1. Matt A. Myers

          “I truly believe that the next frontier in venture investing will be VC’s who can offer a lot more than $”The problem, I’m not sure how much you can guarantee other intangible offerings.” – and the deal structures might start looking differently and more creative.”I’d love to hear some brainstormed ideas on this. I don’t have the experience to have any creative or intangibles, that can be put into a contract that can hold true under all circumstances to their initial good faith of being included in the deal.The only obvious things I can see as intangible decision factors is how much support do you think you’ll get, and do you like what you see happening with the investor’s portfolio companies – does the money their raising fit into your own beliefs and valuations for where those companies are headed and currently valued (based on the landscape of competition and strength and quality of execution seen).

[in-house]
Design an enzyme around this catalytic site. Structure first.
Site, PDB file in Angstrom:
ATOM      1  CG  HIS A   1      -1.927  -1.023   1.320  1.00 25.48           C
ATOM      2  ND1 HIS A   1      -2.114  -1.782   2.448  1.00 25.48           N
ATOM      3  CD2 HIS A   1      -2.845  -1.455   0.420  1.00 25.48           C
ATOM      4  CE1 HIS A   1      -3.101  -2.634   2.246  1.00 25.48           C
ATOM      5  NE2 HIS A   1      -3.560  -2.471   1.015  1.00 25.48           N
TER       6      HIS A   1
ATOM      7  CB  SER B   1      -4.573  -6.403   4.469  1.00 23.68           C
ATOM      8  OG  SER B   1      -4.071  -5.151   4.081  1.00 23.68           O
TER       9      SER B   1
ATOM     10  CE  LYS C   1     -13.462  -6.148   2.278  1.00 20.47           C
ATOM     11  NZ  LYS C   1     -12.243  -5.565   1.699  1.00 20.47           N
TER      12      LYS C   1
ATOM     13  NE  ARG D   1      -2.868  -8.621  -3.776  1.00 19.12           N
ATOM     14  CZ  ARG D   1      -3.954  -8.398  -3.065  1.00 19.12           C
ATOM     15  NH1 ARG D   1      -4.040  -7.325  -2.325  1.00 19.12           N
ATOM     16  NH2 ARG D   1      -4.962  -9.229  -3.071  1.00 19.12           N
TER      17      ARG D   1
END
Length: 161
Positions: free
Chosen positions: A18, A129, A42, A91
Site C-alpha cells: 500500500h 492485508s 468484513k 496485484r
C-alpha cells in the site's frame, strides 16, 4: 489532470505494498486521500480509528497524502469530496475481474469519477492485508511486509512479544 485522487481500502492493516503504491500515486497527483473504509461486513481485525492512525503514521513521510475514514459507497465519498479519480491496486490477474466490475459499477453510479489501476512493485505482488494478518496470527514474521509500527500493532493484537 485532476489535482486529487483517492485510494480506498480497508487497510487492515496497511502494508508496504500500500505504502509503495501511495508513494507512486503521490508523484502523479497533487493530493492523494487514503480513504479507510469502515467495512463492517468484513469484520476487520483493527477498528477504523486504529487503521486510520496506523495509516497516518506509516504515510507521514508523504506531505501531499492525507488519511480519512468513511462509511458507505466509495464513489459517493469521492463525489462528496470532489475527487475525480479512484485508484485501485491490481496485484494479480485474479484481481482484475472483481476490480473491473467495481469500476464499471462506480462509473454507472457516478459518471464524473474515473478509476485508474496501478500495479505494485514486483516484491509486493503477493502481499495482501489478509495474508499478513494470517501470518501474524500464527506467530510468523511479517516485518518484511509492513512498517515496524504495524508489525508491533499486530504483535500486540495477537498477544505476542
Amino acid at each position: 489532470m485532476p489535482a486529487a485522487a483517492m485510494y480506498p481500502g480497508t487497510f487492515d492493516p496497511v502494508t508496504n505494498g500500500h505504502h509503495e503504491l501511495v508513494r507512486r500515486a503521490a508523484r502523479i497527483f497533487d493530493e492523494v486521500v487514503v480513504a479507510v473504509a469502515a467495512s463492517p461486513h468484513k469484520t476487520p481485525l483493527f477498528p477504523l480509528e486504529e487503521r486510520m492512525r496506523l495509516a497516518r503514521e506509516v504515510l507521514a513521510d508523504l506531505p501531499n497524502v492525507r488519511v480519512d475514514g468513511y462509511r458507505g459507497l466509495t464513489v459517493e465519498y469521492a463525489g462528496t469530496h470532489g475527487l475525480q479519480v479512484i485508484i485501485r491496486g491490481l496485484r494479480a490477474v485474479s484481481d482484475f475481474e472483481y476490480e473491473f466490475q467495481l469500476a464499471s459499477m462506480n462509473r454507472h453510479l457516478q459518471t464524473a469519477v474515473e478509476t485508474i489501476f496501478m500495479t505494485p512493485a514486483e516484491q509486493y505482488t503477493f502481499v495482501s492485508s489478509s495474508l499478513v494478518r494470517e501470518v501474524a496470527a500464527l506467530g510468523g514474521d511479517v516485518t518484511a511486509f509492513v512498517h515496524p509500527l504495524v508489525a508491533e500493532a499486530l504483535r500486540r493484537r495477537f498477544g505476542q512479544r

1. Harry DeMott

            They way I figure it is that every company that is started needs certainthings to succeed.In some cases it is users, in others it is specific partnerships, and in allcases it is getting to cash flow break even as quickly as possible.You can come up with any valuation you want in the early days – but unlessyou start generating cash – you are going to be at the mercy of those with $to invest.So, if a VC is quite certain they can provide certain value to a specificcompany – then I could see a deal that says, I will invest $1M at a $4M premoney valuation – for a 20% position – but I want warrants for anincremental 10% of the company, if I am able to line up the partnership youneed – or directly bring you revenue that gets you to cash flow break even.If the VC is unsuccessful, then they have paid the higher price – and ifthey are successful the VC will have bought in at a $2M pre money valuation- but the founder will have gotten far further ahead this way – than bysimply taking the highest bid out there.

          2. Evan

            getting that into an enforceable contract sounds tough, but it’s interesting to think about.

          3. Dave W Baldwin

            Interesting Harry.

          4. JoshGrot